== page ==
Like most of you, I have spent the last week or so inundated with Ice Bucket challenge videos. Friends of mine who range in age from 4-70+ have filmed themselves pouring buckets of ice cold water, beer, and other fluids over their heads. Yesterday, George and Laura Bush joined in the fun. Why has this phenomena moved so many people to action? Is it the idea of drawing attention to ALS, a horrible disease that heretofore has been more or less ignored by funding sources? We all know that’s not the answer. Although, as of this writing the challenge has raised 23 million for ALS and there appears to be no end in sight to the legions willing to participate. Is the challenge a bad thing? Of course not. Anything that unites our communities in the pursuit of something good is not bad, no matter how many pundits call it a frivolous, narcissistic, ploy on the part of the dumpers to draw attention to their largesse. A sense of community and fun connected with giving makes people more inclined to give. So why is the ice bucket challenge spreading like wildfire? Amanda E. Sirianni in an insightful article posted on LinkedIn subtitled, “10 Lessons Marketers Can Learn From The Latest Digital Splash,” has crafted an excellent answer. The success of the challenge comes from creating a shared experiential story that the consumer, or in this case the donor, can add to, mold to their own purposes, and pass on to others. It is in the best sense of the word, “Show don’t tell.” Ms.Sirianni enumerates how the challenge followed this recipe for building community and interaction. 1. The value lies not in the idea, but in the doing. 2. To ignite a social epidemic, flare up human involvement. 3. Transform consumers from the user, to the storyteller. 4. Think of a story as your currency for connection. 5. Evolve from creating pictures and words, to creating experiences. 6. Masterfully connect story and experience. 7. Employ technology as your enabling tool. 8. Simplicity matters. 9. …But normalcy is overrated. 10. And lastly, every great story starts somewhere. Take these measures of good brand storytelling and lay them next to your own marketing efforts.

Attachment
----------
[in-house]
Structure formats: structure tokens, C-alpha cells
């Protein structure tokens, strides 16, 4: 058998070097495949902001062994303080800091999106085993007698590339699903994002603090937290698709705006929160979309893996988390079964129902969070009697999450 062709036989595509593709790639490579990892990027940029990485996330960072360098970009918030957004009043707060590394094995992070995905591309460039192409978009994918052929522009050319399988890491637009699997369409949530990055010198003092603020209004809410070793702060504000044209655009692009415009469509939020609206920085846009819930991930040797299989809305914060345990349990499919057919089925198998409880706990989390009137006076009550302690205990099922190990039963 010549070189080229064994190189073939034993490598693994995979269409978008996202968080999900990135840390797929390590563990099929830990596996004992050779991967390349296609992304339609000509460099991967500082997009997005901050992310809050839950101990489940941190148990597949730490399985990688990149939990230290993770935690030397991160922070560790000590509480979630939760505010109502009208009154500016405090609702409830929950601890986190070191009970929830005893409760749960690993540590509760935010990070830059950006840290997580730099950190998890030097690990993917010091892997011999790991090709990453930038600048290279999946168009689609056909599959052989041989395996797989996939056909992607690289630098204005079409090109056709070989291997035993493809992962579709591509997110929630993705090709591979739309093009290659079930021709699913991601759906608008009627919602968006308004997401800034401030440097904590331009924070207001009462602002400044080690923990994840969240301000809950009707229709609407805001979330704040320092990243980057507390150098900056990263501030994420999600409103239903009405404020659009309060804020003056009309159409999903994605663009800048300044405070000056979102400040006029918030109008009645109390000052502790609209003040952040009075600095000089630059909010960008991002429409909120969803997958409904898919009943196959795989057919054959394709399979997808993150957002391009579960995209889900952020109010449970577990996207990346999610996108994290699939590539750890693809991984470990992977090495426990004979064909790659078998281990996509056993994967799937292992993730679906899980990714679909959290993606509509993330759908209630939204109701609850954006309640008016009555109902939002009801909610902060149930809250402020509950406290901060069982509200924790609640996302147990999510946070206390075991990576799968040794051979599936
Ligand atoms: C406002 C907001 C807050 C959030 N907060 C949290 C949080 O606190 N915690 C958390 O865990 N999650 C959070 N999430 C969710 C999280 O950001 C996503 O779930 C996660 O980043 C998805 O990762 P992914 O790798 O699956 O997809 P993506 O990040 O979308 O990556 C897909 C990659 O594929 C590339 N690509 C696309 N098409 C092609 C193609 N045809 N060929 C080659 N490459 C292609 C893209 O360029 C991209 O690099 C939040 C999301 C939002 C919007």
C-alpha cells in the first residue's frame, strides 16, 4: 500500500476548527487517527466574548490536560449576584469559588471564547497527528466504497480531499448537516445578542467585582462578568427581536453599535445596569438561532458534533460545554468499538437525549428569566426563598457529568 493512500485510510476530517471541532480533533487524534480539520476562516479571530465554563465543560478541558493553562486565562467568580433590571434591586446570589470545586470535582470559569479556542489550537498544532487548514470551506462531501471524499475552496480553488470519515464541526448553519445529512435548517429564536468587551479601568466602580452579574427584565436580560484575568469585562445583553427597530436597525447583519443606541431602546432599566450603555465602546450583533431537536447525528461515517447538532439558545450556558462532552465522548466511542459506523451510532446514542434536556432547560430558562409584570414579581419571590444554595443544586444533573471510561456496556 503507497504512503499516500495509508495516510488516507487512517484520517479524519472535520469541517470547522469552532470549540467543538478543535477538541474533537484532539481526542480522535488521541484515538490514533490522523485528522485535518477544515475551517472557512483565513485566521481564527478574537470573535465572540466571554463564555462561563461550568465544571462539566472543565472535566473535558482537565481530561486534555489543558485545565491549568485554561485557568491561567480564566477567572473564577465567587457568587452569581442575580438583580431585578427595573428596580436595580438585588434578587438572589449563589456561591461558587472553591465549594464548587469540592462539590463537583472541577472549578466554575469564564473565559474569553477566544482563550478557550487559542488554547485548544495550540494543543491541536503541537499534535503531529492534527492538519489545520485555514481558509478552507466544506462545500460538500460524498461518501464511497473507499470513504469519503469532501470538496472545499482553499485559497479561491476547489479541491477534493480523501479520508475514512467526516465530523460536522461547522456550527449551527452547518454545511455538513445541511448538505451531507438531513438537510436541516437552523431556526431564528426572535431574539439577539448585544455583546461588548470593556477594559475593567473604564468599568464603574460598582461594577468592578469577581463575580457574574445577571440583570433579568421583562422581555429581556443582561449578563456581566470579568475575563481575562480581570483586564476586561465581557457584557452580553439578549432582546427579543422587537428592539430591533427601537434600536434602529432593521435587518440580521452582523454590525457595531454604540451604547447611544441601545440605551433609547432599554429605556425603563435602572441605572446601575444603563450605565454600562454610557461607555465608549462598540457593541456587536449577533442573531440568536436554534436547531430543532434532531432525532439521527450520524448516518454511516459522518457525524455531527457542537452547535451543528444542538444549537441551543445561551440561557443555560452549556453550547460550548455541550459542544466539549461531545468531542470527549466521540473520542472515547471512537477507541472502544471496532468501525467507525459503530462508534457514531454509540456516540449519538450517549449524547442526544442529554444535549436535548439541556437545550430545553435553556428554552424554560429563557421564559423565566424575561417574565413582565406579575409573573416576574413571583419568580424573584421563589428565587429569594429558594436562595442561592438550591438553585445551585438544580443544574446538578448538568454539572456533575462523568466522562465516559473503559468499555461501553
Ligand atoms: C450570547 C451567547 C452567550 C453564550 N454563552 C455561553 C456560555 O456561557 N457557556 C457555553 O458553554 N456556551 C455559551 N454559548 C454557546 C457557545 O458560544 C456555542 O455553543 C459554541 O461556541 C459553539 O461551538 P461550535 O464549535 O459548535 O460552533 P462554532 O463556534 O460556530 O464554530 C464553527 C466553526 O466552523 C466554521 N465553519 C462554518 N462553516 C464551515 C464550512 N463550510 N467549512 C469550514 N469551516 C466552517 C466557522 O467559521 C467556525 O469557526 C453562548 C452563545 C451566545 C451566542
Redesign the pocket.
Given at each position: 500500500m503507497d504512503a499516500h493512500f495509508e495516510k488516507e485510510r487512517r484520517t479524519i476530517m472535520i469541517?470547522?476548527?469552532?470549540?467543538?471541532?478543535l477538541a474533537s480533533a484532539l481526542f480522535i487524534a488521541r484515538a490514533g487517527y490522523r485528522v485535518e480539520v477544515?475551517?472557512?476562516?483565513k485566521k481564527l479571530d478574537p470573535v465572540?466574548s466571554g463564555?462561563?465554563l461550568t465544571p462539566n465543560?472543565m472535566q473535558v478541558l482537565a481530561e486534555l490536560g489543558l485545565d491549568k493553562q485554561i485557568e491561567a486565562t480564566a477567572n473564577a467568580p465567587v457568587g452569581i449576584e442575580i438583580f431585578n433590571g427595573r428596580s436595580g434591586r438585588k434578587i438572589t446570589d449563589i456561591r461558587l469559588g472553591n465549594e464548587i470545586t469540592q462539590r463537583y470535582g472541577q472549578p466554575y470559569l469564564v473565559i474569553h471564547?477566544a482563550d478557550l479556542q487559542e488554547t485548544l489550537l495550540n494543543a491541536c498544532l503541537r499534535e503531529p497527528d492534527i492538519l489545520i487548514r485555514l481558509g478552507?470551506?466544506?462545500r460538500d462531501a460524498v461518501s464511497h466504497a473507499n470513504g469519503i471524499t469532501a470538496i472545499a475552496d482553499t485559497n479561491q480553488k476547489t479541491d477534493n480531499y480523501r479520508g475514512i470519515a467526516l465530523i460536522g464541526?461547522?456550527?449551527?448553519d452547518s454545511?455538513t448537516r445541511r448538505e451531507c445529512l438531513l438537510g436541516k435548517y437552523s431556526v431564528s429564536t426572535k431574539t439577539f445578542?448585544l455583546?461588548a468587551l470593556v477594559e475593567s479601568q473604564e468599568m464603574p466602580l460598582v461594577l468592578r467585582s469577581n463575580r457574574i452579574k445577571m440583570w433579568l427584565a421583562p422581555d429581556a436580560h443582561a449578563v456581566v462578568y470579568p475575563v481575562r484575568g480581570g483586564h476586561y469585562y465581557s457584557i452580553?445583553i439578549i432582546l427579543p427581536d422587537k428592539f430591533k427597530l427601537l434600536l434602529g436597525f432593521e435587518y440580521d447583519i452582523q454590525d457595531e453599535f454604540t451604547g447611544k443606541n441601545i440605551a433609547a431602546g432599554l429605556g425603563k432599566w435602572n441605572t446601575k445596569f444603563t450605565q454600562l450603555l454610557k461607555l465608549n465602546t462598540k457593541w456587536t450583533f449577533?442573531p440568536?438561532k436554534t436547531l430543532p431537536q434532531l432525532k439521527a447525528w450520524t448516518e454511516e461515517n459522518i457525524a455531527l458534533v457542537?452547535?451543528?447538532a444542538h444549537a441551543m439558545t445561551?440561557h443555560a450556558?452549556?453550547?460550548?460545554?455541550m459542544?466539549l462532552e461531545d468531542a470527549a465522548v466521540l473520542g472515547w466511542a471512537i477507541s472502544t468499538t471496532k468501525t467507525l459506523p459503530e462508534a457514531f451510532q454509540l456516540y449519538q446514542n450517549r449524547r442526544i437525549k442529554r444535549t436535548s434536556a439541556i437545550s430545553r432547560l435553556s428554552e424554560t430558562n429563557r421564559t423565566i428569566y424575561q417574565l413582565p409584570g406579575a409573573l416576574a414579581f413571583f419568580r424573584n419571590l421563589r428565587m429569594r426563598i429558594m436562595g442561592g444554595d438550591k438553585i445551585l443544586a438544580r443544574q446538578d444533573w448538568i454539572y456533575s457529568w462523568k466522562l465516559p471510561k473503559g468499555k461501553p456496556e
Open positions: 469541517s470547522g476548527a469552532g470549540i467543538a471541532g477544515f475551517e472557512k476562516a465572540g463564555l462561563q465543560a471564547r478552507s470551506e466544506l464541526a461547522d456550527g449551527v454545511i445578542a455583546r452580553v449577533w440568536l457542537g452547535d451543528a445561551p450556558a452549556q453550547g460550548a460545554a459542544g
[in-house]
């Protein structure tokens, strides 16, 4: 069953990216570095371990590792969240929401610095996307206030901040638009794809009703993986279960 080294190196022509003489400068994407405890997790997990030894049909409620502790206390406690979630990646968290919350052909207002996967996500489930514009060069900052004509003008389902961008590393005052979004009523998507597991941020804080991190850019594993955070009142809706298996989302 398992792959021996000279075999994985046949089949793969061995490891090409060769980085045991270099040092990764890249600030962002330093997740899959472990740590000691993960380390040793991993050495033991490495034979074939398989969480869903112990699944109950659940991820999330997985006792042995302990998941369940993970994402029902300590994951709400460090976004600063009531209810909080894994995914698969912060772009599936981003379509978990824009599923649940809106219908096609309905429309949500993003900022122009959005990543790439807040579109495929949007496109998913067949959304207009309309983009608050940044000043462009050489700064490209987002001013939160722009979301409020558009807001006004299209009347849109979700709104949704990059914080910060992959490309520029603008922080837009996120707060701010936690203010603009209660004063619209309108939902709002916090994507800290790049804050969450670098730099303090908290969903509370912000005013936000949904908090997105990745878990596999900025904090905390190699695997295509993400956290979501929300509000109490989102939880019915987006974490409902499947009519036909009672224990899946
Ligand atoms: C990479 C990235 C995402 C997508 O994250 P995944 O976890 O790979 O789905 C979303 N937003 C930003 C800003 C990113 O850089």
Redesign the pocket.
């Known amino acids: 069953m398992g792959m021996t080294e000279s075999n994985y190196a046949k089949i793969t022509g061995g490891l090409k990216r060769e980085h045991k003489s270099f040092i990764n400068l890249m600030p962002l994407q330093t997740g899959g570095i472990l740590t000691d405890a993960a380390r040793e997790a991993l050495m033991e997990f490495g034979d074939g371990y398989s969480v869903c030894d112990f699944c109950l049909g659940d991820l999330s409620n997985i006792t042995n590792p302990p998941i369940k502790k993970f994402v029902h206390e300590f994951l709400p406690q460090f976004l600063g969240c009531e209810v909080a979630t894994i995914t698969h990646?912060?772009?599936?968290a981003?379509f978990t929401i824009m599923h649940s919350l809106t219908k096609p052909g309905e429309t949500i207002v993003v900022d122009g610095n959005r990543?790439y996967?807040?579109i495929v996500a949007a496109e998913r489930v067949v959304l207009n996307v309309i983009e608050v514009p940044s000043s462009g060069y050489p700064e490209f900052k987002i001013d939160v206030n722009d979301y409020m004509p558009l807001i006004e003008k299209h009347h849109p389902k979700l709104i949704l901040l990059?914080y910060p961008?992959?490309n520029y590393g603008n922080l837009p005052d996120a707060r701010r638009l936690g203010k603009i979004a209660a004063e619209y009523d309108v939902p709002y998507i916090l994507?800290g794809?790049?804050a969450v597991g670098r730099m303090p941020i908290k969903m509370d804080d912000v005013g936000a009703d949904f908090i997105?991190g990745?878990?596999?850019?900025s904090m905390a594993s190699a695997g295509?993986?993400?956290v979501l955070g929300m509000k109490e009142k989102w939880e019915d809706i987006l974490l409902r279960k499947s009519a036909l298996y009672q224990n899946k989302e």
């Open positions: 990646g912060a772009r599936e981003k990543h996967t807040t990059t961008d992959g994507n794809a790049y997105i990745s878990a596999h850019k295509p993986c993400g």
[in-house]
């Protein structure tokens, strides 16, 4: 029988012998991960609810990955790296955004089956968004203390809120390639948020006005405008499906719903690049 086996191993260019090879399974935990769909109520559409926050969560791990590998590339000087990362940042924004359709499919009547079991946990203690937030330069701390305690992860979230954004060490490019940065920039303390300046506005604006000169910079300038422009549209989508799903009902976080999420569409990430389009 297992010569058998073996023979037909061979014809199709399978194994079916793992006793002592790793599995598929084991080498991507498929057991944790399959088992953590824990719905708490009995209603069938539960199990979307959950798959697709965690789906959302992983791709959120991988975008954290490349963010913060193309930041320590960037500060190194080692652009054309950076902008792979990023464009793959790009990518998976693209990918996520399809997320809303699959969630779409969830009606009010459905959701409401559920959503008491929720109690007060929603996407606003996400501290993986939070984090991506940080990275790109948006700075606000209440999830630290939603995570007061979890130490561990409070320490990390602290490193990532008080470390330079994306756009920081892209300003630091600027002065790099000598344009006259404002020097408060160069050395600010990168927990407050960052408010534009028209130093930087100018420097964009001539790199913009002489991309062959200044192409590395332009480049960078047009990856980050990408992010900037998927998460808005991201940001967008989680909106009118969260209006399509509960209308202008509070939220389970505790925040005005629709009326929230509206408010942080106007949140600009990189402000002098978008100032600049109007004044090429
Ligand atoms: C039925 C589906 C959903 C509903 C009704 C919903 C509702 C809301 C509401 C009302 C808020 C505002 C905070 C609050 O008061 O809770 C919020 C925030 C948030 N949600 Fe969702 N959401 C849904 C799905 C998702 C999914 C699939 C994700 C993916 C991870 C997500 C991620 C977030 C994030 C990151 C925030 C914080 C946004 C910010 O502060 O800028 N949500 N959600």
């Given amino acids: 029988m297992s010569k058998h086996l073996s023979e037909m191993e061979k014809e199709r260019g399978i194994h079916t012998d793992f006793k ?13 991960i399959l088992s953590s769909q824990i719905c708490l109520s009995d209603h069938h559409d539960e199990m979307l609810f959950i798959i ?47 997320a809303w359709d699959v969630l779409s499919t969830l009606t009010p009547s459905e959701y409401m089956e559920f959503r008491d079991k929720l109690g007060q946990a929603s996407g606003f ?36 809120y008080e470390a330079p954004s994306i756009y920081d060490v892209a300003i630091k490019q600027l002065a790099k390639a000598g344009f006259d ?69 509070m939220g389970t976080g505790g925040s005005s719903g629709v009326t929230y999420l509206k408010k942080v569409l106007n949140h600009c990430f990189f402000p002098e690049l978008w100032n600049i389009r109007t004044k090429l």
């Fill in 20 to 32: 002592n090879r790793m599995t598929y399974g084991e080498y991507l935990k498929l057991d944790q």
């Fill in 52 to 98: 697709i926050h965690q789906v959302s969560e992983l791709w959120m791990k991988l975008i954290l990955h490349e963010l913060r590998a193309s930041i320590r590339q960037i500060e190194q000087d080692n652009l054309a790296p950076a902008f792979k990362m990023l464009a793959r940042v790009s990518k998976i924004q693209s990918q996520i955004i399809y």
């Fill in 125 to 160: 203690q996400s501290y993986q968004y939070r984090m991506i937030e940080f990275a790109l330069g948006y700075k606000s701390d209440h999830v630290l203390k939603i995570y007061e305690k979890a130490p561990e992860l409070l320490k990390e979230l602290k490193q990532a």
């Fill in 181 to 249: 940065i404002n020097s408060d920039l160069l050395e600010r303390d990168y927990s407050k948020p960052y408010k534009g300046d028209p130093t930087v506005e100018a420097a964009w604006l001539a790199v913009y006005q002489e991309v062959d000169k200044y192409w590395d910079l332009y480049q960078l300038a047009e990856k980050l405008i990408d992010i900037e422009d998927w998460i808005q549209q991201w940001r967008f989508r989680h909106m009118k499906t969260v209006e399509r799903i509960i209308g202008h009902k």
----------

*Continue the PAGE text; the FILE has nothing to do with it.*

- Are you connecting your clients and consumers with your products on an emotional level?
- Have you made them part of the narrative in the way that Pillsbury, Dove, and Motorola successfully have?
- Have you stopped using business gobbley-gook, and endless meaningless charts and graphs in your pitches and moved to immersive hands-on customer-centric experiences as sales tools?
- Have you stepped out of your comfort zone, of “same old, same old,” in the way you dress, talk, and relate to your clients?